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Recording Steinway grand piano - damper noise

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Re: Recording Steinway grand piano - damper noise

Postby Hugh Robjohns » Fri Nov 15, 2019 10:00 am

Arpangel wrote:When I went on sessions with Mike we used two Sony systems, as Mike always insisted on running a back-up.

Very wise. I used to run two video recorders, but I only had the one PCM701 adapter. And I still try to have a backup recorder for anything live.

He also had the Audio & Design mixer, and the Level Modifier, which enabled him to do crude digital editing, fades etc.

I still have the little digital mixer. Useful little box, actually, even today!

Was the PCM/F1 fully 16 bit?

Designed originally as 14-bit machines (although not adequately dithered at 14 bits, actually) but switchable to 16-bits which is what everyone used. Because these were the days of questionable A-D quality, they also employed permanent pre-emphasis which boosted the high end enormously on record, and then pulled it back on replay. Consequently, it was really easy to clip recordings accidentally on things like cymbal hits and applause, because a generous headroom at mid and low frequencies really wasn't at high frequencies!

I had to make do with a Casio portable DAT machine, which TBQH, was pretty bad, you could hear digital break up on reverb tails quite clearly, as it run out of bits!

No... that's a classic sign on not being dithered properly. Dithering wasn't commonplace in recorders, A-Ds converters or digital editors/workstations until the end of the 80s and into the early 90s.

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Re: Recording Steinway grand piano - damper noise

Postby The Elf » Fri Nov 15, 2019 10:03 am

I used the cheaper PCM501 and Betamax VCR for mastering. The problem I always faced was avoiding stop/start clicks between recordings. It was a relief when DAT arrived!
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Re: Recording Steinway grand piano - damper noise

Postby Hugh Robjohns » Fri Nov 15, 2019 10:16 am

It wasn't designed or intended for professional use -- it was a consumer unit. Sony had the PCM1600 (and later the 1610 and 1630) systems recording to U-matic tape for professional use, complete with a dedicated editing controller (which was actually a modified video-editing controller!)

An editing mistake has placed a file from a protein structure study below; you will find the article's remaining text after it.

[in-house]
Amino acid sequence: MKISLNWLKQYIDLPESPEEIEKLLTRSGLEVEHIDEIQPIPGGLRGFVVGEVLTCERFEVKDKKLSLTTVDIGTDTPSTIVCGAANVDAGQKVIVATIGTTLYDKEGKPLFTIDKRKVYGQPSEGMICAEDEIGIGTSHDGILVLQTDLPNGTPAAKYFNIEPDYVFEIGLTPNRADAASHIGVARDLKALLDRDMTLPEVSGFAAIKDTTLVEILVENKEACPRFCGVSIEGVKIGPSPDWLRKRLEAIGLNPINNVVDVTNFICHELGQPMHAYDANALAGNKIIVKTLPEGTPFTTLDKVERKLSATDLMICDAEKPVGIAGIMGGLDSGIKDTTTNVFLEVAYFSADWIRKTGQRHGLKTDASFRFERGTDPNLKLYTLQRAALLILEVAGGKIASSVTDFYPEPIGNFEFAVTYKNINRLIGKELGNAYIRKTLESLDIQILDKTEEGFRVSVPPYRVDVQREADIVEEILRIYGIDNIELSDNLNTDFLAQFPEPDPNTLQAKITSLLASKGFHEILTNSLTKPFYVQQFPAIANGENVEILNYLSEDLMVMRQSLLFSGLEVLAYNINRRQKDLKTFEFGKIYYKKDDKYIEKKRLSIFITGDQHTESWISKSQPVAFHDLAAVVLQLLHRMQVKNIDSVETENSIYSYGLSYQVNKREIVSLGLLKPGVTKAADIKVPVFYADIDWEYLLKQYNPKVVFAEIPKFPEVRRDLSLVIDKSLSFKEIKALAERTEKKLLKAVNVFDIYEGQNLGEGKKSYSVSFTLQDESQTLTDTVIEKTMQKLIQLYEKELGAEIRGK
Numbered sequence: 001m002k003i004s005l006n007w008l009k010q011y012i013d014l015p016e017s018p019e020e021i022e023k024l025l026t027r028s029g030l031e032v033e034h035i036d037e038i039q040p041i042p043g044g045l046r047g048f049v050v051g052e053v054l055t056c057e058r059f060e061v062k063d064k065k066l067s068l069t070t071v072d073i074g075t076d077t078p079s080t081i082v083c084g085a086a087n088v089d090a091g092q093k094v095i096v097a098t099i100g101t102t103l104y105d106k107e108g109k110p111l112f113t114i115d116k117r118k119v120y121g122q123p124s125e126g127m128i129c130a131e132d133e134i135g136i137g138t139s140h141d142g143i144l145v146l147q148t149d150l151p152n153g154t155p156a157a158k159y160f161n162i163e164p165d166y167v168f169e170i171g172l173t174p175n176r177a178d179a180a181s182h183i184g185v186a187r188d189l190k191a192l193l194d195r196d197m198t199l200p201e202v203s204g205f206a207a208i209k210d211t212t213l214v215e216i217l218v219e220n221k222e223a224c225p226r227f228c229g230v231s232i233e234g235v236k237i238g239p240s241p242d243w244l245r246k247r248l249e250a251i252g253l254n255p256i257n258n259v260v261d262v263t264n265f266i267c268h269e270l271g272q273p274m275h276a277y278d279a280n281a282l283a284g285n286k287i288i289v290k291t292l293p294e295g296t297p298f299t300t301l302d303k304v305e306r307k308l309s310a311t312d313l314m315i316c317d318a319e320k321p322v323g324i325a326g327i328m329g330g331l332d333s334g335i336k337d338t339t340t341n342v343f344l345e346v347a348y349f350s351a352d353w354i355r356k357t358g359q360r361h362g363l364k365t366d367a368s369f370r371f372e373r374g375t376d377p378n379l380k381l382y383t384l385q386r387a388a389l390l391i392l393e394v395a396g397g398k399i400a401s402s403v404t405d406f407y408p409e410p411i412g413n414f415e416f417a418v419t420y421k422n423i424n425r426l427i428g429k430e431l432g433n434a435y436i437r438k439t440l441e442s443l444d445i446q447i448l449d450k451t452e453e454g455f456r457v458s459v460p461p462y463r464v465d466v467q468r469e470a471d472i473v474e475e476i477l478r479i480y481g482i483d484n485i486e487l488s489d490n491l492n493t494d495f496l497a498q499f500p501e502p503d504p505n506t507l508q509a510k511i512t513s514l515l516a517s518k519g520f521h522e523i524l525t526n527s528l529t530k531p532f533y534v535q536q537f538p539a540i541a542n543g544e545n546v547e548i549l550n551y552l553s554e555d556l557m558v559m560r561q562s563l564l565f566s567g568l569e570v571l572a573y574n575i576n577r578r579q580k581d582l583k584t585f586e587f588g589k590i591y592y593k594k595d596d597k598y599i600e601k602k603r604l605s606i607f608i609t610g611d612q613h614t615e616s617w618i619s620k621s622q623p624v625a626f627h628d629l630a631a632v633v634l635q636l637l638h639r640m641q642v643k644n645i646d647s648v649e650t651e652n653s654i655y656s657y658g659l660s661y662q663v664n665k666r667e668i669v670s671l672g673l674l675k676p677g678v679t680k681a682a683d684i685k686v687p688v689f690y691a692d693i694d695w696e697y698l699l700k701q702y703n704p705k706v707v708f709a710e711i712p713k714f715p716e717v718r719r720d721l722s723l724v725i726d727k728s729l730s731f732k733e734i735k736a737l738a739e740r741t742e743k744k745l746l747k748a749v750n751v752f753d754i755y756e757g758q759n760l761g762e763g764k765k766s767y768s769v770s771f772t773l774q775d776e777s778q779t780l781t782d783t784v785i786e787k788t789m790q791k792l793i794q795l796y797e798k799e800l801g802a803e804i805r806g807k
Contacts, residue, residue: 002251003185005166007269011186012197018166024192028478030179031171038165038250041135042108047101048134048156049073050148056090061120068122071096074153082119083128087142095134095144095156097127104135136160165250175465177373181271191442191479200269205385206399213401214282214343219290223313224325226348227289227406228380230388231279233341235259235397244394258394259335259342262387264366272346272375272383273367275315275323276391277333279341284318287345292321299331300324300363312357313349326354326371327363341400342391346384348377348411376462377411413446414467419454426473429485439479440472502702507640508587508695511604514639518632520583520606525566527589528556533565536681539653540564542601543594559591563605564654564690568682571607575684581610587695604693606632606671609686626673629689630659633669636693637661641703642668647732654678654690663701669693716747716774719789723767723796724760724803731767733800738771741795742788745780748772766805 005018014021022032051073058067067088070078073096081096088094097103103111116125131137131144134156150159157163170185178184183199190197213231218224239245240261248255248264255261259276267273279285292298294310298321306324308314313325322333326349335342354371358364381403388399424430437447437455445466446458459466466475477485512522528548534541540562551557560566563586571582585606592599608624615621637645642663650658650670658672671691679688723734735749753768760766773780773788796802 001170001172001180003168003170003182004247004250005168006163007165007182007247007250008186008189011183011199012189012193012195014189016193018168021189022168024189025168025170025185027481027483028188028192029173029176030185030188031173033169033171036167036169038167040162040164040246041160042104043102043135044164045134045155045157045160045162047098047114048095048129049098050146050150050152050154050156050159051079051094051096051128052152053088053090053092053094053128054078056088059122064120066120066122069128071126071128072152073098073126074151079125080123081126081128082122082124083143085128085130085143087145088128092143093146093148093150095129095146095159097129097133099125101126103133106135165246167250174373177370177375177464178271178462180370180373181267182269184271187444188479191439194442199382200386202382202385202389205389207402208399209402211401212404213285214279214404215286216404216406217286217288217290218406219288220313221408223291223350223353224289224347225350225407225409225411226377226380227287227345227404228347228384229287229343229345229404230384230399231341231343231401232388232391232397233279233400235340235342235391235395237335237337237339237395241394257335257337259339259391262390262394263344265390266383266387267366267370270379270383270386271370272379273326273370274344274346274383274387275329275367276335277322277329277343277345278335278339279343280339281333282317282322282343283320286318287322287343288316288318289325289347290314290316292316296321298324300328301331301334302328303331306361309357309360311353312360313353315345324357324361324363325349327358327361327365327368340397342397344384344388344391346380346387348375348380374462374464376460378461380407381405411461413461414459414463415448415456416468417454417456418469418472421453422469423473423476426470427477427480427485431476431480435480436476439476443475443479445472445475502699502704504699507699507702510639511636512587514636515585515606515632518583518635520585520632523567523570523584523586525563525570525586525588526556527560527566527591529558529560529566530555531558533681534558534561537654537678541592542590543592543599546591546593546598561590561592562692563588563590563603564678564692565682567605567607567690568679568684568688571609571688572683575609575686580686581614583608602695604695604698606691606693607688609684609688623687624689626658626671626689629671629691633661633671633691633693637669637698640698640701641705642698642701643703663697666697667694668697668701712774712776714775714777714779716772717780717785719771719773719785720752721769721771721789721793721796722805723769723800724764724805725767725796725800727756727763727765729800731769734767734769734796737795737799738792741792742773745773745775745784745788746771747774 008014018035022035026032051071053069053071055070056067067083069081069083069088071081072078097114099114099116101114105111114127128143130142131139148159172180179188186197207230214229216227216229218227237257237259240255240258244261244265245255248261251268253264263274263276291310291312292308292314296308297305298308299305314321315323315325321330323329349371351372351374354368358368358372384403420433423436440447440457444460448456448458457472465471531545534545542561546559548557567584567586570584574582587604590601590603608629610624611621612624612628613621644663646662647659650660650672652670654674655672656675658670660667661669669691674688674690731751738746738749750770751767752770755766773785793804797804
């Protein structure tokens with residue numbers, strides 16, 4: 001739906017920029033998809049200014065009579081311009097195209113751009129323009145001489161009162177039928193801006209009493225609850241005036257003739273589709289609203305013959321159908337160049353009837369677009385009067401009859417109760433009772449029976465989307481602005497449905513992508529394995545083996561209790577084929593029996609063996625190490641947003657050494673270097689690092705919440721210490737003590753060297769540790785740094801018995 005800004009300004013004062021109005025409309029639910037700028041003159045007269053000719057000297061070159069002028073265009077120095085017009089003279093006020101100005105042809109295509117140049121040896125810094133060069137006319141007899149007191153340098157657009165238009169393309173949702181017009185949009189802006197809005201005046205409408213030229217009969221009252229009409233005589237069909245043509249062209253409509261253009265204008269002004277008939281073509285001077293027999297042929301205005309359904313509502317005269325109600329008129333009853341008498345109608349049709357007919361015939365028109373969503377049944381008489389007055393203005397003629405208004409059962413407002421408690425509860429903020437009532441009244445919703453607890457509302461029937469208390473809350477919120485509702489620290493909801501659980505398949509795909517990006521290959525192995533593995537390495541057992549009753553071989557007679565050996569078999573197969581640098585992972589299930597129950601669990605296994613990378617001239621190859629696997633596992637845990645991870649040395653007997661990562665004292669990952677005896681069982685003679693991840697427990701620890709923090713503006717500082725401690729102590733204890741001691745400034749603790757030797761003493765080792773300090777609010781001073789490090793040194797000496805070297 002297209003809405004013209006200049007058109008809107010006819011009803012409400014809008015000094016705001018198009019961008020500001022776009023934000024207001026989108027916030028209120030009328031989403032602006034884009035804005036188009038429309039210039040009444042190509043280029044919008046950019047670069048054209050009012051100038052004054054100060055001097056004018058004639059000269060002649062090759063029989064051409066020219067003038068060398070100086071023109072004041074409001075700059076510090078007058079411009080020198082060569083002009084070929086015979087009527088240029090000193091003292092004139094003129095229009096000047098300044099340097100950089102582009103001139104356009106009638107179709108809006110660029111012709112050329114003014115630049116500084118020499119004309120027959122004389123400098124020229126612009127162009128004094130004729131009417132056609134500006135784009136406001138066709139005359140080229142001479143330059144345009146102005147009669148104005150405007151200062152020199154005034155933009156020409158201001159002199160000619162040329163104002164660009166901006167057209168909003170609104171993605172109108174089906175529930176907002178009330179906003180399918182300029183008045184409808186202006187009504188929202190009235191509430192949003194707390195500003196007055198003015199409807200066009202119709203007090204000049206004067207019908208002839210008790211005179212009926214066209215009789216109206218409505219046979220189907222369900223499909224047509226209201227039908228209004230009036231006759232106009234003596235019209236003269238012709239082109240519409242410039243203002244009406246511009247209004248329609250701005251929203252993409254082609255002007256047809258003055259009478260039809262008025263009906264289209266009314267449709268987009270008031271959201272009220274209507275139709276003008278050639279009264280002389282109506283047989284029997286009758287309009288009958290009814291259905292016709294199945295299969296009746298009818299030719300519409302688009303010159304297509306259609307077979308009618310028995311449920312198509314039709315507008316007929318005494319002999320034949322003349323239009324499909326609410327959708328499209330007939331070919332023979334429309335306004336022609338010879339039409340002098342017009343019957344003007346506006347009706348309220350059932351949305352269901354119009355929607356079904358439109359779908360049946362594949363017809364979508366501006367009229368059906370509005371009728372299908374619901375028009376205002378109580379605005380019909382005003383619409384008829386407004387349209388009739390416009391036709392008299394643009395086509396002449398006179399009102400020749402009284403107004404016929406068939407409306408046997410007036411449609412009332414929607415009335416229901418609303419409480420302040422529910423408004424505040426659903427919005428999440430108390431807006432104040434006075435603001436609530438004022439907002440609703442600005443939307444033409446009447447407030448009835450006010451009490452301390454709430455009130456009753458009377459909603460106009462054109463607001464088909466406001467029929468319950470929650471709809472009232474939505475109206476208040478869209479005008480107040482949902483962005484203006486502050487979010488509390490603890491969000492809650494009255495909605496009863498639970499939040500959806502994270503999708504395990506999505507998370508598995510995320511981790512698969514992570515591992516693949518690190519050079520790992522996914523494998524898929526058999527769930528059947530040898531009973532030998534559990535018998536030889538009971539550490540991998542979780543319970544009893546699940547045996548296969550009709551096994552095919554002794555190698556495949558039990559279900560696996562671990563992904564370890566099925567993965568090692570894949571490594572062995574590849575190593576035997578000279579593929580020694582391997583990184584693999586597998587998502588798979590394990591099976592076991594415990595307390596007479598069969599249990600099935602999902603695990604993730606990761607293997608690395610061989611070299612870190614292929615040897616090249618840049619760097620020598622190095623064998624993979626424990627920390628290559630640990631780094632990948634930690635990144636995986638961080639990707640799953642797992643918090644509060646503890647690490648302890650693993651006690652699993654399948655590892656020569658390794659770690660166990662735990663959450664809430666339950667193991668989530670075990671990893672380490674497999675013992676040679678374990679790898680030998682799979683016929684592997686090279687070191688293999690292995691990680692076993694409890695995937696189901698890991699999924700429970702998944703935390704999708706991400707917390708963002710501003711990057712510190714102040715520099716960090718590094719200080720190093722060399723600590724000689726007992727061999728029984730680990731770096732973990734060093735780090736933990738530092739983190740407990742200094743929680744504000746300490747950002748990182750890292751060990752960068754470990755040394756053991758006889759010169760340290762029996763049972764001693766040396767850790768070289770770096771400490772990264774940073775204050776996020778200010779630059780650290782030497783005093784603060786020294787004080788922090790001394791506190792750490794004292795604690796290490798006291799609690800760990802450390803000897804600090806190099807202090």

So editing on the F1 format t was a serious challenge to say the least, and clicks were a common problem. HHB came up with their CLUE editing system which helped, but it was extremely clunky by modern standards https://americanradiohistory.com/hd2/IDX-Audio/Archive-Studio-Sound-IDX/IDX/80s/Studio-Sound-1984-09-OCR-Page-0026.pdf#search=%22clue%20editor%22
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Re: Recording Steinway grand piano - damper noise

Postby The Elf » Fri Nov 15, 2019 10:30 am

We managed to scrape through - I had tricks to prevent the clicks!
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Re: Recording Steinway grand piano - damper noise

Postby Hugh Robjohns » Fri Nov 15, 2019 10:41 am

:lol:
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Re: Recording Steinway grand piano - damper noise

Postby Aural Reject » Fri Nov 15, 2019 11:04 am

The Elf wrote:We managed to scrape through - I had tricks to prevent the clicks!

I always find a good cough covers a multitude of sins....
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Re: Recording Steinway grand piano - damper noise

Postby Tim Gillett » Fri Nov 15, 2019 11:10 am

Hugh Robjohns wrote:
...But the rush to 'go digital' was because the improvement in sound quality over the typical 1/4-inch analogue tape recorders of the day was massive. Yes, the noise floor was lower and dynamic range greater, but the more significant benefits were zero wow & flutter -- so piano and organ recordings were finally tolerable! ...
Generational losses affected every aspect, but I wouldn't have said analog recorded piano and organ music had been intolerable. Poor W&F was more the problem in poorly maintained pro, or cheap consumer, gear. By the 80's even top amateur cassette decks had close to inaudible W & F. It didn't need to be 0% to be inaudible. This misunderstanding perhaps goes hand in hand with the idea that some people have (literally) perfect pitch. Nobody has that.
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Re: Recording Steinway grand piano - damper noise

Postby Hugh Robjohns » Fri Nov 15, 2019 11:39 am

Perhaps I exaggerated slightly for effect...

At the BBC we were obviously using top notch tape recorders all maintained to within a micron of their bearings... ;)

...but the sense of solidity and stability in musical sources like pianos and organs, when we first switched to digital recorders, was definitely noticed and appreciated by all of us recording engineers and the programme producers.